Maybe if they'd designed this thing to actually look attractive ... like a 40 story neogothic tower or castle ... iit wouldn't have fallen flat on its rear end. I always just assumed it was Hinman's vanity project where money didn't matter. Seems it wasn't. Oh well.
  9. x99

    Grandville Castle Apartments

    My guess is that it isn't anything other than finding enough labor to pull it all off. I think there are four or five hundred units in this thing. That's a huge number of plumbers, electricians, tile settlers, carpet installers, finish carpenters, and drywallers in a construction labor market that is already tight. It is quite a bit quicker to finish off large commercial spaces than something with a mountain of corners and closets. They also supposedly finished the interior walls with skimcoat plaster. I have no idea where they even managed to find enough guys around here who still know how to use a hawk and a trowel.
  10. x99

    Warner Tower - Lyon and Ottawa

    They've also poured the pool for the hotel already, so there that. If anyone wants to go swimming...
  11. Not only small, but I'm guessing rather self-selected. I know quite a few downtown workers, and they virtually all drive downtown, nearly none live that close to a bus stop, and the vast majority drive a single occupant vehicle--all of them, in fact. Where is that data drawn from, whitemice? I would beg to differ... somewhat. A few years ago we still had a situation where there were only a few hundred monthly cards. That left room for a single marge employer to come in, after which the supply would be wiped out. That is exactly what happened. The city engaged in a below-market rate lease with Spectrum, and wiped out what they had left with just one building. I still wonder whether that was the shiny new progressive parking department at work trying to facilitate their mode-shifting social justice fantasies. Probably not, but it still baffles me how they could have been so short-sighted. But, here we are. No monthly parking and still no workable plan in the works. It was actually nearly two decades ago when the business community had a much stronger representation that things went in the right direction. There may yet be a solution to this: Sell off the parking department lock, stock, and barrel, with a requirement that at least three separate parties own the pieces, none controlling more than 45% of the sold-off spaces in each of ramp, street, and surface lot parking.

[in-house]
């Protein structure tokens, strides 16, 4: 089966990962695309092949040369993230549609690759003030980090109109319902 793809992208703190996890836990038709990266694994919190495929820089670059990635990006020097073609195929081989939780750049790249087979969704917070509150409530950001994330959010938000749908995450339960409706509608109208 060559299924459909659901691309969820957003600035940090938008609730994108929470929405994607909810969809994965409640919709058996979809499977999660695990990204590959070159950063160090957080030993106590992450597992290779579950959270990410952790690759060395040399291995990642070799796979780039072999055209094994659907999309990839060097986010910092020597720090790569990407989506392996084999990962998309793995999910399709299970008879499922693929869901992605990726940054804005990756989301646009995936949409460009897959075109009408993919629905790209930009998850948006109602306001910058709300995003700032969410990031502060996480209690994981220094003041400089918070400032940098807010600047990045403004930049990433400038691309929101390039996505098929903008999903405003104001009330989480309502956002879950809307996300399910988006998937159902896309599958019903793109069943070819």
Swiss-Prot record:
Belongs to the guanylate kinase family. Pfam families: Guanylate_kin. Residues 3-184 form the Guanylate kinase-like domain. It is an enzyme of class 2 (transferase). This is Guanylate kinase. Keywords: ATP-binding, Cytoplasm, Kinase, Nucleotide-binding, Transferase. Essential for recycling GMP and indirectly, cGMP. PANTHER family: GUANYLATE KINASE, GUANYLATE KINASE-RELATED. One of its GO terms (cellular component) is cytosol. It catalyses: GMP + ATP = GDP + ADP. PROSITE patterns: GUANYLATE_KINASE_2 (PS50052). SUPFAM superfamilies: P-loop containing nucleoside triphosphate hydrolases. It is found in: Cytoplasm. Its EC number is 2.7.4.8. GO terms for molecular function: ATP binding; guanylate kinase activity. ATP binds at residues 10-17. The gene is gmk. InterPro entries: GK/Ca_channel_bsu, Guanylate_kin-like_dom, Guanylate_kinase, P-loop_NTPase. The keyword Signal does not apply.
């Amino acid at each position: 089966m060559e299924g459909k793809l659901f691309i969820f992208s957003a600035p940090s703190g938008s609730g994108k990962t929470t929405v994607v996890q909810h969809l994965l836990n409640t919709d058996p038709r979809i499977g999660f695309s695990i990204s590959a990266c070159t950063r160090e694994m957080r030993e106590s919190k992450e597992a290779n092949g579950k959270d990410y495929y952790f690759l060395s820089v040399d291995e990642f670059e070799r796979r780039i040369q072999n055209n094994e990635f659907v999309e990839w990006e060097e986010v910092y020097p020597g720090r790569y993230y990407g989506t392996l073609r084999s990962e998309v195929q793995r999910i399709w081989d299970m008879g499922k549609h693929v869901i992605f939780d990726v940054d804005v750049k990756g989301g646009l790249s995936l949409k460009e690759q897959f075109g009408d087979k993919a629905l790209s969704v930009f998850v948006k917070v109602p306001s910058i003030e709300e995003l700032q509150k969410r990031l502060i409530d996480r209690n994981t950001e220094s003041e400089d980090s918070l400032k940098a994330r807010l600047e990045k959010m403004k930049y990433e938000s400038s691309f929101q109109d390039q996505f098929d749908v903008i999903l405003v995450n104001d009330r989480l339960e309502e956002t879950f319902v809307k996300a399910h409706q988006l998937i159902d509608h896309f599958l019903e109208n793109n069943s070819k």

12. x99

    The "Affordable Housing" Discussion in GR

    They are different. The people in Catamount are honest about it. They spent a lot of money to live there and don't want a low rent guy down the street or even inside that gate unless he is cutting the grass. I don't understand why the loudest whining came from homeowners in Heritage Hill complaining about getting more neighbors like the ones they already have. It's absolutely insane, unenlightened, ignorant nonsense which is rooted in the fear campaign the neighborhood associations whipped up. It's like someone in a new subdivision complaining that the developers just keeping putting up more of those stupid houses everywhere...